The Warm-Up: Petition to ban defending once and for all
Jack Lang picks over the bones of a thriller at Old Trafford and perfects his Danish/Geordie brogue...
THURSDAY’S BIG STORIES
Be honest: when you saw the Manchester United XI, you thought it was going to be excruciatingly dull, didn’t you? Jose Mourinho picked ALL the defenders, plus that classic big man, angry man midfield combination to guard them. A true anti-virus line-up.
But then all hell broke lose. In patches, at least. There was hair-pulling, nastiness, horrific defending… all the good stuff. Mourinho kicking a wall and then apologising to a young boy. An Arsenal player getting injured pretty much every six minutes. Marcos Rojo taking free-kicks. Marcos Rojo taking free-kicks well.
David De Gea lors de Manchester United - Arsenal, le 5 décembre 2018 à Old Trafford.Getty Images
Oh, and goals. Lots of sweet, ugly, hilarious goals. It was David De Gea who set the tone for the evening, really, treating a fairly tame Shkodran Mustafi header as if it were an oiled fireball. “Yep, goal,” said Steve McManaman, looking at the Goal Decision System graphic that showed the ball over the line. Pure analysis, mate.
Manchester United’s first equaliser was equally amusing. Guys, would anyone like to even think about clearing this slow-motion Ander Herrera cross? I mean, we’ve literally got time to hold a committee meeting about dealing with it, then have a coffee, then have a little nap, then a walk to stretch our legs, then kick the ball away. Shall we bother? Nah.
Jose Mourinho, Manager of Manchester United reacts during the Premier League match between Manchester United and Arsenal FC at Old Trafford on December 5, 2018 in Manchester, United Kingdom.Getty Images
Then you had Alexandre Lacazette scoring while falling over, and Arsenal’s defenders falling over while defending, allowing Jesse Lingard to poke home fully 13 seconds after United restarted play. That the goal rush ended there had more to do with luck than judgement.
The conclusion here? Defending is fundamentally a bad thing. Unethical, even. These two teams, having voluntarily and systematically disarmed themselves on that front over the last few years, are flag-bearers for our brave, thrilling new world.
Liverpool use get-out-of-jail-free card
It should probably come as no surprise that Jurgen Klopp, king of excess, has no time for light, subtle rotation. No, when he rests a couple of players, he rests pretty much all of the good ones. Which is how Liverpool found themselves losing to Burnley last night, with Divock Origi and Alberto Moreno both on the field of play. It was like the dark days of 2015 all over again.
They got away with it. James Milner equalised and then the cavalry sorted things out: Roberto Firmino scored off the bench and fellow sub Mo Salah teed up Xherdan Shaqiri for a late goal that put gloss on the scoreline. But Klopp might think twice about playing the entire B team next time.
Liverpool’s Roberto Firmino celebrates scoring against BurnleyPA Sport
It wasn’t such a good night for Everton, who failed to beat Newcastle at home, or for Chelsea, who threw away a lead to lose at Wolves. That’s now eight points dropped in four games for the Blues, so no wonder Maurizio Sarri is concerned.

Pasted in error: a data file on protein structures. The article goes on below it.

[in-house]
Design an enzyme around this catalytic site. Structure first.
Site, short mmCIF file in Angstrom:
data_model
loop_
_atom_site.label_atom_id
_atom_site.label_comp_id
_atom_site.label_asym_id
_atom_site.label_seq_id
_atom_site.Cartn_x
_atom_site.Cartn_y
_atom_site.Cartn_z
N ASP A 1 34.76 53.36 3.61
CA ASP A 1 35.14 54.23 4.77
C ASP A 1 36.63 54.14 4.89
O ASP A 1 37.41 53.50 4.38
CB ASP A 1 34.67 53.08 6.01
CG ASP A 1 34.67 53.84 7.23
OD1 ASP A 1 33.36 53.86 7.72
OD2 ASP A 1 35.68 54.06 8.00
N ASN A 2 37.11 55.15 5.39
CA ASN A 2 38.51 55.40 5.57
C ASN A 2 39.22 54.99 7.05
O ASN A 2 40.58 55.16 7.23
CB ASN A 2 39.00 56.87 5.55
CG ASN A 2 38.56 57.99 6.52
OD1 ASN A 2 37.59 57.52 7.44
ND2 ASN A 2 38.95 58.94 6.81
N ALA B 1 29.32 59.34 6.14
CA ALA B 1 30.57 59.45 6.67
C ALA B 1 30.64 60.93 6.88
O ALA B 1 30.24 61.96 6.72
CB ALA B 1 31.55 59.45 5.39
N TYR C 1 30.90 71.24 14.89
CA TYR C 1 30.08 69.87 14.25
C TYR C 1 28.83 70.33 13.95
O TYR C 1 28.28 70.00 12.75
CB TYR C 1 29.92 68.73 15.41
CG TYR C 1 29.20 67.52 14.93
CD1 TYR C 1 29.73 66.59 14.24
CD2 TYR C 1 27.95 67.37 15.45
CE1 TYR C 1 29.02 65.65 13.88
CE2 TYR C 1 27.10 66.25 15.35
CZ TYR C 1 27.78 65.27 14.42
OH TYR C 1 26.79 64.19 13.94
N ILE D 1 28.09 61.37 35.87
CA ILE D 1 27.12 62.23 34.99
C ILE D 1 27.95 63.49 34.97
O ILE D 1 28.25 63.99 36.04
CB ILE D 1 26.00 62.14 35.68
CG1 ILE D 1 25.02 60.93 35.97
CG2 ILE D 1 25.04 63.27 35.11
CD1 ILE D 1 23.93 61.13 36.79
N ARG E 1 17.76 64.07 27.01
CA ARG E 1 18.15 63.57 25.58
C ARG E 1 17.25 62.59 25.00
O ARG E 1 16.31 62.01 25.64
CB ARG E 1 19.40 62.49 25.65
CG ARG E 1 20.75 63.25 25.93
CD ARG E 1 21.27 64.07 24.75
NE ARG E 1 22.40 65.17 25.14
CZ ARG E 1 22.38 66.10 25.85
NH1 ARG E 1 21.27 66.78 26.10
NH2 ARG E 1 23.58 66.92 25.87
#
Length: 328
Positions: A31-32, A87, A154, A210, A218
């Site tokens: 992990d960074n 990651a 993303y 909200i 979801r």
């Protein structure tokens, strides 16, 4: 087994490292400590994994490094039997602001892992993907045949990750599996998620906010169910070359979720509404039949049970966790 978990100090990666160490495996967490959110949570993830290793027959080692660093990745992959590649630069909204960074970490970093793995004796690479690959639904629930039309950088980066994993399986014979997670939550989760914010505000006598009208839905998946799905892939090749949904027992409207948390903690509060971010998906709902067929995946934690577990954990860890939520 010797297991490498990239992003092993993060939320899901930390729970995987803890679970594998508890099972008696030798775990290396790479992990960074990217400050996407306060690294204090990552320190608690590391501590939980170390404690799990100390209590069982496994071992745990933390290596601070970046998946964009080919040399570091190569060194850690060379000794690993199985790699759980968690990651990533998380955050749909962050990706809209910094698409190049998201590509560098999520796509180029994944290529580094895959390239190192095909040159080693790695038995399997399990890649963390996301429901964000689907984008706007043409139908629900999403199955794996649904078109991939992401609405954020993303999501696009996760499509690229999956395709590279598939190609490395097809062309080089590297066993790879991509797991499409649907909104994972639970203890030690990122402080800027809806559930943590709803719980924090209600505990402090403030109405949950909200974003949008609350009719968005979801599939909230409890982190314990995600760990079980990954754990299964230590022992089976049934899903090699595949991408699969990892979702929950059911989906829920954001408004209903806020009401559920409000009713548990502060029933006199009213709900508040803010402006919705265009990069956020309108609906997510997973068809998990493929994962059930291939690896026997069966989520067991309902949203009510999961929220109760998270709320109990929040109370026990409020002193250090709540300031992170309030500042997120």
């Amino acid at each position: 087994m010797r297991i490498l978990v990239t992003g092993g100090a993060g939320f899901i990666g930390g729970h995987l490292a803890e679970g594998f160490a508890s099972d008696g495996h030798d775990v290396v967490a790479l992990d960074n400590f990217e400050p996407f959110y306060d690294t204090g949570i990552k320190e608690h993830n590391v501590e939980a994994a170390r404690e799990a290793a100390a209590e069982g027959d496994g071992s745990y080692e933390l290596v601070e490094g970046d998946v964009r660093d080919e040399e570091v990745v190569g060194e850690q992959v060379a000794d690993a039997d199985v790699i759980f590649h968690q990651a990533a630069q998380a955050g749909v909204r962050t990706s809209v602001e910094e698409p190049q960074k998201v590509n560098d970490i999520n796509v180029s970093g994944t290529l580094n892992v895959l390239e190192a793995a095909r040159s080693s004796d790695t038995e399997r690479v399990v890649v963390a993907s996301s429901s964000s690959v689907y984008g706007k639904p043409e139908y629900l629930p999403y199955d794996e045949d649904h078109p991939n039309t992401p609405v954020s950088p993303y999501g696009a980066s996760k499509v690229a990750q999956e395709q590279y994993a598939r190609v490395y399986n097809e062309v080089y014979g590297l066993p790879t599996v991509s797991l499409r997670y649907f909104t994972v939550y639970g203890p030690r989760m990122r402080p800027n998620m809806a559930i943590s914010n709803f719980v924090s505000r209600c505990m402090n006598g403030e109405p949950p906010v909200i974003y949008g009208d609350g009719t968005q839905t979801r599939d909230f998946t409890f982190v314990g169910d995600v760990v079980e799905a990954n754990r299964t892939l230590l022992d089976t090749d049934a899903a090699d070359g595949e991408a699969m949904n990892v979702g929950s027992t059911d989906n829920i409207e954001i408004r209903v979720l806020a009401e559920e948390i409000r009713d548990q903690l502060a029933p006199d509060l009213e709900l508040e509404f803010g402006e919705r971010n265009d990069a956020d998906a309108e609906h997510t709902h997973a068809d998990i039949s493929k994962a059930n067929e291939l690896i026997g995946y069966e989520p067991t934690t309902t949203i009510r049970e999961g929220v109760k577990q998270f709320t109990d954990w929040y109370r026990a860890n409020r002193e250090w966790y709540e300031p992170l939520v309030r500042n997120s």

“After the first [Wolves] goal, we were suddenly another team, without the right distances, without our football,” said the Italian. “I don’t know why. I am really worried – not for the result but for the fact that we didn’t react.”
Wolverhampton Wanderers v Chelsea - Molineux Stadium, Wolverhampton, Britain - December 5, 2018 Chelsea's Alvaro Morata reactsReuters
IN OTHER NEWS
Pele was very, very good at football. And now Pele is very, very good at stoking the debate about who should be considered the greatest of all time.
His latest contribution to this ever-thrilling dialectic (no, YOU have to win a World Cup) is a pretty stellar one, even by his standards. Lionel Messi, it turns out, is one-footed and “only has one skill”. Unlike… yep, you guessed it!
Pelé und Messi beim Ballon d'Or 2012Reuters
Take it away, sensei: “How can you make a comparison between a guy who heads the ball well, shoots with the left, shoots with the right, and another who only shoots with one leg, only has one skill and doesn’t head the ball well?”
Solid stuff. But could you possibly reformulate that so it includes a reference to yourself in the third person? You know, just for the completists?
“How can you compare? To compare with Pele, it has to be someone who shoots well with the left, shoots well with the right, and scores headers.”
Pelé - GP of Brazil 2002Getty Images
HEROES AND ZEROES
Hero: Elias Sorensen
And the award for Best Danish/Geordie Hybrid Accent of 2018 goes to…
Zero: Unai Emery
There’s no place for this kind of retrograde filth in the game. No place at all.
Yesterday (I know; sorry) was the 36th anniversary of that Johan Cruyff penalty for Ajax, which happened to be the first and indeed only spot-kick he ever took for the club. Talk about a mic-drop moment.
"Ramsey’s significance as a part of Arsenal’s squad was emphasised in Sunday’s North London derby win over Tottenham. He came off the bench, played as a No.10, set up two goals and generally changed the game. Even if Emery doesn’t regard him as an automatic starter, in these days when managers don’t really have first XIs but must have strong and flexible squads, this was proof that he’s still extremely valuable – at the moment, certainly more than Ozil, whose relationship with Emery seems to now be dust."
Reffin’ in the Copa del Rey
Sorry, sorry. Slipped off into a weird Otis Redding reverie there. There’s Spanish Cup action for you if you want it, with Real Madrid vs Melilla probably the standout fixture. Bit of a wasteland otherwise, but you’re surely not going to complain after a whole midweek Premier League round, are you?
Oh, great, you are.
Tomorrow: Tom Adams. Saturday: the world.